4,000 Years of Miniature Books (thx SF)
Robert C. Bradbury states in Twentieth Century United States Miniature Books that “The renaissance of miniature book publishing and collecting began in 1960 when Achille J. St. Onge published the first issue of the Miniature Book Collector.” While some might question so specific a beginning of a trend, the general import is undoubtable. Bradbury further documents and enumerates what is beyond question the most important development in the field of miniature books in the second half of the twentieth century. The significance of small presses, fine presses, and the producers of artists’ books has grown to the point that it is the most important feature of miniature book publishing at the beginning of the twenty-first century. While commercial miniatures are still in production throughout the world, carefully designed small press books, often printed from hand-set type, but also from photographically produced plates or computer graphics programs, are the center of attention. These are often hand bound by the publishers, and in some cases are printed on paper also made by the same craftspeople. This approach to miniature books views them as uniquely crafted artifacts to be read and enjoyed for their texts, and for the skills which went into their production. (cite)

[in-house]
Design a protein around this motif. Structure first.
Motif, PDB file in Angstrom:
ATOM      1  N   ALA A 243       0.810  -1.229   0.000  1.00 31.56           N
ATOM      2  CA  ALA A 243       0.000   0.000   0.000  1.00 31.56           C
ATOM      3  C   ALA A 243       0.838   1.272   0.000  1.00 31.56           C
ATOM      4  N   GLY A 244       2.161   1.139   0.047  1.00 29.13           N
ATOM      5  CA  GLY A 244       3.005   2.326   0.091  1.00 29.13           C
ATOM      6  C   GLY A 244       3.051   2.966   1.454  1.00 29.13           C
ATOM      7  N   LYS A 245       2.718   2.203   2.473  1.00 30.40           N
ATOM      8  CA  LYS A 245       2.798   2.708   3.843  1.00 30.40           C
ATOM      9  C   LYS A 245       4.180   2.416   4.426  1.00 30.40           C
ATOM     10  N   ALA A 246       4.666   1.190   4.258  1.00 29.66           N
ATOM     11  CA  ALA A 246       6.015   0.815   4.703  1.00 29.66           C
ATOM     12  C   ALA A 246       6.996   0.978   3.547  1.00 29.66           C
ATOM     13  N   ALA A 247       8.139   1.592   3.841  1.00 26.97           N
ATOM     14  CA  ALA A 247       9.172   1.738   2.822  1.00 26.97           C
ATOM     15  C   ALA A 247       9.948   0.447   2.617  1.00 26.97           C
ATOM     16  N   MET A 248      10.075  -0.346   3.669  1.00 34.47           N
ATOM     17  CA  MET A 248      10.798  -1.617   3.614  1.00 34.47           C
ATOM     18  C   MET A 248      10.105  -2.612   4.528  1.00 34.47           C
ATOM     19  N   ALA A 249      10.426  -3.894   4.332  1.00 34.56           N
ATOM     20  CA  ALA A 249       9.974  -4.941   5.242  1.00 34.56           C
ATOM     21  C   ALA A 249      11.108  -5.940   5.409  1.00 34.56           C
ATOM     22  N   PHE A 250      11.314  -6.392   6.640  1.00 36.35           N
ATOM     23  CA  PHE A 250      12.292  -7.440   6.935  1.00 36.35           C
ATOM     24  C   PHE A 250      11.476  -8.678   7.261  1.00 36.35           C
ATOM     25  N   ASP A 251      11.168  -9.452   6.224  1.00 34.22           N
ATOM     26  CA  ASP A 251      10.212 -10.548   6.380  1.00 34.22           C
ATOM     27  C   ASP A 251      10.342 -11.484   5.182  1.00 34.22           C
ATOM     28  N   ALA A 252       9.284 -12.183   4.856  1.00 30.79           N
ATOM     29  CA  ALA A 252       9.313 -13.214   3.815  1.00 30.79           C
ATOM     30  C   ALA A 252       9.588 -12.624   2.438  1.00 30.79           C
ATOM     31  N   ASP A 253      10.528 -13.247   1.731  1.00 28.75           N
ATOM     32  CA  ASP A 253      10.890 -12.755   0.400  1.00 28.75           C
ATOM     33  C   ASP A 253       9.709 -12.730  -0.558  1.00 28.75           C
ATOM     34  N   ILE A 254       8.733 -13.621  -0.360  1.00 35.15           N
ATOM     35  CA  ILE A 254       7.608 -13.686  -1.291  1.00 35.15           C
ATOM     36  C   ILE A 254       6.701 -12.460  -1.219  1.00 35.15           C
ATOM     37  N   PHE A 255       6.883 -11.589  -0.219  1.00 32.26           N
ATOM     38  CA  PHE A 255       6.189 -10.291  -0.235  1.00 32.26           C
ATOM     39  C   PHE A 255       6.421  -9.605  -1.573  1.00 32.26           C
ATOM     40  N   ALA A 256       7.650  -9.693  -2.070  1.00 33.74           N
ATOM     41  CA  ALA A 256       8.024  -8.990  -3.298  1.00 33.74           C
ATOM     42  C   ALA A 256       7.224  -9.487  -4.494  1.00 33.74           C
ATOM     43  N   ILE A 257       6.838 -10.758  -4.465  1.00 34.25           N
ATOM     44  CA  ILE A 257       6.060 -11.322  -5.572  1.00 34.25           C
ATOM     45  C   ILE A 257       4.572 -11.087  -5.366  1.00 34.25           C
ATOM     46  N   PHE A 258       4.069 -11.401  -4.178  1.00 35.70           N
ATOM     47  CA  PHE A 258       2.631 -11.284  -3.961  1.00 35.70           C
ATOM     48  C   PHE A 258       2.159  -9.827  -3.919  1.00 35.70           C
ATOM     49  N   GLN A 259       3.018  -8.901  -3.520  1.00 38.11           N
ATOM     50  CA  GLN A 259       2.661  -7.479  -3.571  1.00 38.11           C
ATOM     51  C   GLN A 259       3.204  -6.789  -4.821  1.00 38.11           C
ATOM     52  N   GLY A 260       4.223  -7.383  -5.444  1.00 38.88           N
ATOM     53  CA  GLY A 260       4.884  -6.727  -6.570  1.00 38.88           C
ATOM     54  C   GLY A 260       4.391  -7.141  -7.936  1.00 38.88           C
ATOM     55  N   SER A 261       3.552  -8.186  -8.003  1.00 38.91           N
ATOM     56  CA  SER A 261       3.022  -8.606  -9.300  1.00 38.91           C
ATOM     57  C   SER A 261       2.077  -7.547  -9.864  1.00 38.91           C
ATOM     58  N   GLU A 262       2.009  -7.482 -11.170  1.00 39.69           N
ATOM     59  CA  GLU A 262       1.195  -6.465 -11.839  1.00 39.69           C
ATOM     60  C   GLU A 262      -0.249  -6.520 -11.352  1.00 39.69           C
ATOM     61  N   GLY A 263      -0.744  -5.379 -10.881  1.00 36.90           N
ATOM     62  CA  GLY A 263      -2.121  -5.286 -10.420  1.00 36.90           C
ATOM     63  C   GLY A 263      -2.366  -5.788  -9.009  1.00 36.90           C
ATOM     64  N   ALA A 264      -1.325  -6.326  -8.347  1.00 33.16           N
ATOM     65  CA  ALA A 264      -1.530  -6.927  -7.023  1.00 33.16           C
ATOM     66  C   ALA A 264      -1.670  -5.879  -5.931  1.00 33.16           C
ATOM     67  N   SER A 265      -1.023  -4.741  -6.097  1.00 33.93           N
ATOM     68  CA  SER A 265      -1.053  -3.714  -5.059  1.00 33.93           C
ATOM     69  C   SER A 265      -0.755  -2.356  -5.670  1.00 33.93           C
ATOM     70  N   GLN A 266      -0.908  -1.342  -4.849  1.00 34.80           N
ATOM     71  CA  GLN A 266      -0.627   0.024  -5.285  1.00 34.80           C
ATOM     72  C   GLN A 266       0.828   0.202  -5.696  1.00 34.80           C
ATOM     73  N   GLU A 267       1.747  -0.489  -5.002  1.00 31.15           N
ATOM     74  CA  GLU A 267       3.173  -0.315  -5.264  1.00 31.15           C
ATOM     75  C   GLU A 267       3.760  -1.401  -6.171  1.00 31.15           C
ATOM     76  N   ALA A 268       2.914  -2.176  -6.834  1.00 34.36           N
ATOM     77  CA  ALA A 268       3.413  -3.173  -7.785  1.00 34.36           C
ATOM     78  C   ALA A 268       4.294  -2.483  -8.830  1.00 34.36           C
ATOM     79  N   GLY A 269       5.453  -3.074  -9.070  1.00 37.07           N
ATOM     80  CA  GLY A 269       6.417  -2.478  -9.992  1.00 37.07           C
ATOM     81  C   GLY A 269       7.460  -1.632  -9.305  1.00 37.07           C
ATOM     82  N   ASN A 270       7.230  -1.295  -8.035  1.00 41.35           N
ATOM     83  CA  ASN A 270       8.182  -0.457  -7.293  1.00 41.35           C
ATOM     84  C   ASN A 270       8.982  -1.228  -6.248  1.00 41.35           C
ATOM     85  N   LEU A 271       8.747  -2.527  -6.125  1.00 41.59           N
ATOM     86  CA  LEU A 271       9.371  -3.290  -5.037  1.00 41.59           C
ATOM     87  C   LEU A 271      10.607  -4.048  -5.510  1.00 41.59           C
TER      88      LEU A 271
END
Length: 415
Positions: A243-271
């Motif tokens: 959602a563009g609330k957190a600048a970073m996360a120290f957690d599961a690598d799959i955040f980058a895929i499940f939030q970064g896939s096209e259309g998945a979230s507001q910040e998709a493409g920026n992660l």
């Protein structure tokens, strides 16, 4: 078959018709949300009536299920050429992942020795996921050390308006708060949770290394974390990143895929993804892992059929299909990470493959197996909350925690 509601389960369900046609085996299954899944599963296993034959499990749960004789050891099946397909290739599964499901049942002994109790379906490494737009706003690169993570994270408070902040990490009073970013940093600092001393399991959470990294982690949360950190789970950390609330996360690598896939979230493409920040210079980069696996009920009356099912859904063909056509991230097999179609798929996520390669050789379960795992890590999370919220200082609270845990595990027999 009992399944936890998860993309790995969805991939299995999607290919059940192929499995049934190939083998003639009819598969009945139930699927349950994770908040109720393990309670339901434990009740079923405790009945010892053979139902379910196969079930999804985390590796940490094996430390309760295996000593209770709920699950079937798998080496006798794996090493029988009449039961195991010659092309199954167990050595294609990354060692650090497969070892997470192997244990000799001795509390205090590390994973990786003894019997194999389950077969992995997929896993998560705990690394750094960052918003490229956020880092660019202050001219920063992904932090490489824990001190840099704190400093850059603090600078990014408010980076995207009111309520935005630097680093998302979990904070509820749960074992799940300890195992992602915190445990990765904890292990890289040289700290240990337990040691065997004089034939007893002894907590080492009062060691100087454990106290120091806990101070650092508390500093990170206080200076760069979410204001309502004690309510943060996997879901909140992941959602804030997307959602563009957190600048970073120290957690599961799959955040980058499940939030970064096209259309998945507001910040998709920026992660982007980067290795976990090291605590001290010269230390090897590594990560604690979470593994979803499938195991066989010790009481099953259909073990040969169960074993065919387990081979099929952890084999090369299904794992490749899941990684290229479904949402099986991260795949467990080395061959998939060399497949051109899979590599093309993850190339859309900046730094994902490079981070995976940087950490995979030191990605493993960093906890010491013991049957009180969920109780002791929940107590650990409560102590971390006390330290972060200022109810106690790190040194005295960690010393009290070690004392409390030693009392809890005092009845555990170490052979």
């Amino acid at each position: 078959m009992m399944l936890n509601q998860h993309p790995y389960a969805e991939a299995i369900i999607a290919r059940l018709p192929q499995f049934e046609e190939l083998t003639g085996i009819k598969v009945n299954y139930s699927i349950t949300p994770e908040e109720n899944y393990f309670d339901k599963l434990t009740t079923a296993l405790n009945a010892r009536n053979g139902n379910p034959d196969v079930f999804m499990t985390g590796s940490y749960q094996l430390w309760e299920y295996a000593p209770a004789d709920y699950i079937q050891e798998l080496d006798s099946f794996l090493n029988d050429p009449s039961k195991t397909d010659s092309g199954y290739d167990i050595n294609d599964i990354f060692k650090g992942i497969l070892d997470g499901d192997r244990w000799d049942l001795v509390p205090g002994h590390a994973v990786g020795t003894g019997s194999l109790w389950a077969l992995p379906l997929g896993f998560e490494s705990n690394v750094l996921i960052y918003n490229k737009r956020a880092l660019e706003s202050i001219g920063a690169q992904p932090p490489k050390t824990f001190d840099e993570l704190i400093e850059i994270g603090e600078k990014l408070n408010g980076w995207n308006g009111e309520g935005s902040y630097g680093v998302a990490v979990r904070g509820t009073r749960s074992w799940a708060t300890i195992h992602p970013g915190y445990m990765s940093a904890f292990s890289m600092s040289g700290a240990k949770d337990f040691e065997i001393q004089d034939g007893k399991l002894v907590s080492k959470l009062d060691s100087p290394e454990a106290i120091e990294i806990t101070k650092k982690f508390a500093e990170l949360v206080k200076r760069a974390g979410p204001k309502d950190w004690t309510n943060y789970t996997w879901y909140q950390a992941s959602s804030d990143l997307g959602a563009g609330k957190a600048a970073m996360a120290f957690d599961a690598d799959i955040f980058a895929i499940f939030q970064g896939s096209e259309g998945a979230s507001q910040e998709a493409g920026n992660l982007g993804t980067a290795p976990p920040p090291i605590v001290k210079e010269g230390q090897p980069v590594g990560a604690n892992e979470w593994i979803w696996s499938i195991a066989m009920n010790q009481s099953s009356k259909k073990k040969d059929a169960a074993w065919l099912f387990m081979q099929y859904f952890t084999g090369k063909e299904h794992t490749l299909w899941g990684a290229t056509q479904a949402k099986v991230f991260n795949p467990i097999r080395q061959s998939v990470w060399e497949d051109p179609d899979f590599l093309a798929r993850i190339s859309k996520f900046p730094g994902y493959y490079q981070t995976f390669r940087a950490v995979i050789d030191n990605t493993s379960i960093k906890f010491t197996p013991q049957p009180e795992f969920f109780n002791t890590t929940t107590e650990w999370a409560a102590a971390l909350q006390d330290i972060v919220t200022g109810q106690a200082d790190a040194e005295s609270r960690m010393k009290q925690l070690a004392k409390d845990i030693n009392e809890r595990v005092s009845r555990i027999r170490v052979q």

Then there’s The Grolier Club exhibit, “on view from May16 – July 28, 2007, Miniature Books: 4,000 Years of Tiny Treasures.” You can get the catalog in deluxe hardcover (what Steve saw while window-shopping) or normal hardcover.
I wonder though… about trends. I feel like mini-books are gaining popularity in the avant-garde (“post-avant”) poetry world. Is this the case, or am I simply ignorant of a longer tradition? How is “tradition” distinct from “fashion”? If there are, for instance, 4,000 years of miniature books, that doesn’t negate the idea that book sizes can come in and out of fashion. The size of books certainly affects what goes into them. Is there a trend toward small/short poems? The intense popularity of the vulgarized haiku; short forms like sonnets; the short poems of many poets my age… would indicate so. But movements are only where you’re looking.